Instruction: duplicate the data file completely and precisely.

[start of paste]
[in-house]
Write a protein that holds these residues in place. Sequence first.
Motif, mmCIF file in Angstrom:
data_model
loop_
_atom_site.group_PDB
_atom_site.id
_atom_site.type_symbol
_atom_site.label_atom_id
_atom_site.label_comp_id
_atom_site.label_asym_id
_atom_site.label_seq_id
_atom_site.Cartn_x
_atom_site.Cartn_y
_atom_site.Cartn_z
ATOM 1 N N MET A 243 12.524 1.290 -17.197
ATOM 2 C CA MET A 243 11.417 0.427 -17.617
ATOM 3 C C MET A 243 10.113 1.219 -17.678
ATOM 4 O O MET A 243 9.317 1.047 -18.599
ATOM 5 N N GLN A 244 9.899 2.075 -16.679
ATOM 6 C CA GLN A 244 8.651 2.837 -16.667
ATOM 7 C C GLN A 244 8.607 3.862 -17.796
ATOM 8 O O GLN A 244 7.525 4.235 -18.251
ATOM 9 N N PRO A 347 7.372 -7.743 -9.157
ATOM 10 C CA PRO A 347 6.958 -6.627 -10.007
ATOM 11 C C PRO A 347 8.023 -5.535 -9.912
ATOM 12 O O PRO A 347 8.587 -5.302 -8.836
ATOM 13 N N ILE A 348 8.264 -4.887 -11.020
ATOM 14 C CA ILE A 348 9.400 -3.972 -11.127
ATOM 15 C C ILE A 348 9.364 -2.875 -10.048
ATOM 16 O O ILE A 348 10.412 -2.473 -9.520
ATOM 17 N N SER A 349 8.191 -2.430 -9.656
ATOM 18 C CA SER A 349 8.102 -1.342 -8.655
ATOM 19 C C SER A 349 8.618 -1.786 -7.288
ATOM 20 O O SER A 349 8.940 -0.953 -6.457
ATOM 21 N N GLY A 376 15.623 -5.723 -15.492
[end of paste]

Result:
[in-house]
Write a protein that holds these residues in place. Sequence first.
Motif, mmCIF file in Angstrom:
data_model
loop_
_atom_site.group_PDB
_atom_site.id
_atom_site.type_symbol
_atom_site.label_atom_id
_atom_site.label_comp_id
_atom_site.label_asym_id
_atom_site.label_seq_id
_atom_site.Cartn_x
_atom_site.Cartn_y
_atom_site.Cartn_z
ATOM 1 N N MET A 243 12.524 1.290 -17.197
ATOM 2 C CA MET A 243 11.417 0.427 -17.617
ATOM 3 C C MET A 243 10.113 1.219 -17.678
ATOM 4 O O MET A 243 9.317 1.047 -18.599
ATOM 5 N N GLN A 244 9.899 2.075 -16.679
ATOM 6 C CA GLN A 244 8.651 2.837 -16.667
ATOM 7 C C GLN A 244 8.607 3.862 -17.796
ATOM 8 O O GLN A 244 7.525 4.235 -18.251
ATOM 9 N N PRO A 347 7.372 -7.743 -9.157
ATOM 10 C CA PRO A 347 6.958 -6.627 -10.007
ATOM 11 C C PRO A 347 8.023 -5.535 -9.912
ATOM 12 O O PRO A 347 8.587 -5.302 -8.836
ATOM 13 N N ILE A 348 8.264 -4.887 -11.020
ATOM 14 C CA ILE A 348 9.400 -3.972 -11.127
ATOM 15 C C ILE A 348 9.364 -2.875 -10.048
ATOM 16 O O ILE A 348 10.412 -2.473 -9.520
ATOM 17 N N SER A 349 8.191 -2.430 -9.656
ATOM 18 C CA SER A 349 8.102 -1.342 -8.655
ATOM 19 C C SER A 349 8.618 -1.786 -7.288
ATOM 20 O O SER A 349 8.940 -0.953 -6.457
ATOM 21 N N GLY A 376 15.623 -5.723 -15.492